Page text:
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Rationalising Subsidy, Centres expenditure framework

The government thrust upon public spending to spur the economy, the finance ministry expects governments capex to rise by 25% to 3.9 lakh crore by 2019-20, driven largely by greater spending on defence, Railways, road transport and urban development.

Rationalising Subsidies:
The government expects to more than halve its petroleum subsidy bill over the next three years, from Rs 25,000 crores this year to just Rs 10,000 crores by 2019-20.

As per the medium-term expenditure framework tabled by the finance ministry in the Parliament, while fertiliser subsidies are expected to stay flat, the food subsidy bill is estimated to shoot up sharply from Rs 1.45 lakh crore this year to RS 2,00,000 crores by 2019-20.

Food, fertiliser and fuel subsidies for which the Centre has budgeted over Rs 2.4 lakh crore are expected to rise to 2.8 lakh crore by 2019-20, but the government expects the overall proportion of subsidies to GDP to come down from 1.4% to 1.3% over the same period.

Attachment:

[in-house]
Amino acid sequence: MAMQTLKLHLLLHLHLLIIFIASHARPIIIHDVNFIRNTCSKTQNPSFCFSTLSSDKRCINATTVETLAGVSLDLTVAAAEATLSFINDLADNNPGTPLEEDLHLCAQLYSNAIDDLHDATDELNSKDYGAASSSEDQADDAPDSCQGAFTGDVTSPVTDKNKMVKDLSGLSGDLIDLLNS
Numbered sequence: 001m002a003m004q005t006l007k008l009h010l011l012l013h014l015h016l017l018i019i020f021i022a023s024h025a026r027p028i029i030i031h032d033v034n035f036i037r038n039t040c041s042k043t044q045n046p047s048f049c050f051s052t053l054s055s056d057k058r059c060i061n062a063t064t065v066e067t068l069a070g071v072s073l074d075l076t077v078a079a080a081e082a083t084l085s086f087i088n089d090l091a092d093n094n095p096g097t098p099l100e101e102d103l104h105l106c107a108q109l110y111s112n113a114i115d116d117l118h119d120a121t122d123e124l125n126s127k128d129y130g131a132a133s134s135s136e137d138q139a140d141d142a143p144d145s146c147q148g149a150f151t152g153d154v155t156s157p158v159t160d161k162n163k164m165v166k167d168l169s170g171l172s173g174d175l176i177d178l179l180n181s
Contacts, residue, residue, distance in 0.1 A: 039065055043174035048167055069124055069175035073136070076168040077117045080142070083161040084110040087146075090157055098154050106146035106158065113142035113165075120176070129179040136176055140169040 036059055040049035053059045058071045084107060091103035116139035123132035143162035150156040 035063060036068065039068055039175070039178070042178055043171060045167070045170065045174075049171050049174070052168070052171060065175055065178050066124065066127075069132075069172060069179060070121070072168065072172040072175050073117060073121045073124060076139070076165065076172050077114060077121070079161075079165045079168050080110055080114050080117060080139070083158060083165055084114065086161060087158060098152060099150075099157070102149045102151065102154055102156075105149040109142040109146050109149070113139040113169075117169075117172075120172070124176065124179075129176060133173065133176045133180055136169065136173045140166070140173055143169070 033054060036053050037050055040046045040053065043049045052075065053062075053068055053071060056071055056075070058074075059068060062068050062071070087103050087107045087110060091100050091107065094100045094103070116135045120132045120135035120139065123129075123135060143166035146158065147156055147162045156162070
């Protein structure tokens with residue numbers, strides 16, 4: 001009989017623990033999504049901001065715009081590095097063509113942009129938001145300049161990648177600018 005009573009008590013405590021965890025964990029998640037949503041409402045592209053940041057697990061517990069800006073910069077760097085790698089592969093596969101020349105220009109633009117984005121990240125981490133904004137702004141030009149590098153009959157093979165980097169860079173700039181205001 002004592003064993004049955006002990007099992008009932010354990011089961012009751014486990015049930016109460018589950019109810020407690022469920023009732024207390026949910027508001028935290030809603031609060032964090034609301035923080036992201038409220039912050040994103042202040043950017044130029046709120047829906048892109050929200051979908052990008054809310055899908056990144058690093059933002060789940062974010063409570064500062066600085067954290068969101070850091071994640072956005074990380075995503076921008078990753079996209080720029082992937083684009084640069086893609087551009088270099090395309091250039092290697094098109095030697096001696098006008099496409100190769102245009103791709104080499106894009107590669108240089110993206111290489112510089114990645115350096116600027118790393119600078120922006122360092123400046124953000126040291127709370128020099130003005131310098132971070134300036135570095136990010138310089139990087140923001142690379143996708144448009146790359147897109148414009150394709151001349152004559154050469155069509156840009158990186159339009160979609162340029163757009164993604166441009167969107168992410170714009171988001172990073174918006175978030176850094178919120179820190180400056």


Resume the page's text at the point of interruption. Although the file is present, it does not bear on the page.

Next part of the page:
With abolition of price controls over diesel and petrol prices, the government has set its eye on rationalising kerosene and LPG subsidies, with a March 2018 target for eliminating the LPG cylinder subsidy altogether by raising prices by Rs 4 each month.

Efforts are underway to bring kerosene subsidies under the direct benefit transfer regime or while making some States  kerosene-free.

On the food subsidy due to about 80 crore beneficiaries under the National Food Security Act, the government said reforms have been initiated with six States automating all fair price shops and 72% of Ration cards being seeded with Aadhaar numbers.

The main reason behind increase in food subsidy is to meet the repayment obligations of FCI (Food Corporation of India) to the National Small Savings Fund,”.

Interest payments amounting to Rs 5.23 lakh crore this year, which constitute the largest component of the government s revenue expenditure, are expected to rise nominally to Rs 6.15 lakh crore by 2019-20, but the government is confident that there will not be any  upward pressure on interest rates  owing to its borrowings.

The finance ministry has asserted that any shocks to tax collections due to the introduction of the Goods and Services Tax (GST) will be absorbed in the current financial year itself, so the tax to GDP ratio may persist at the same level this year as last year — 11.3%.

The government expects an expansion of the tax base, citing gains from GST and increased surveillance efforts post-demonetisation. “The tax-GDP ratios are projected to be 11.6% and 11.9%, in 2018-19 and 2019-20, respectively.

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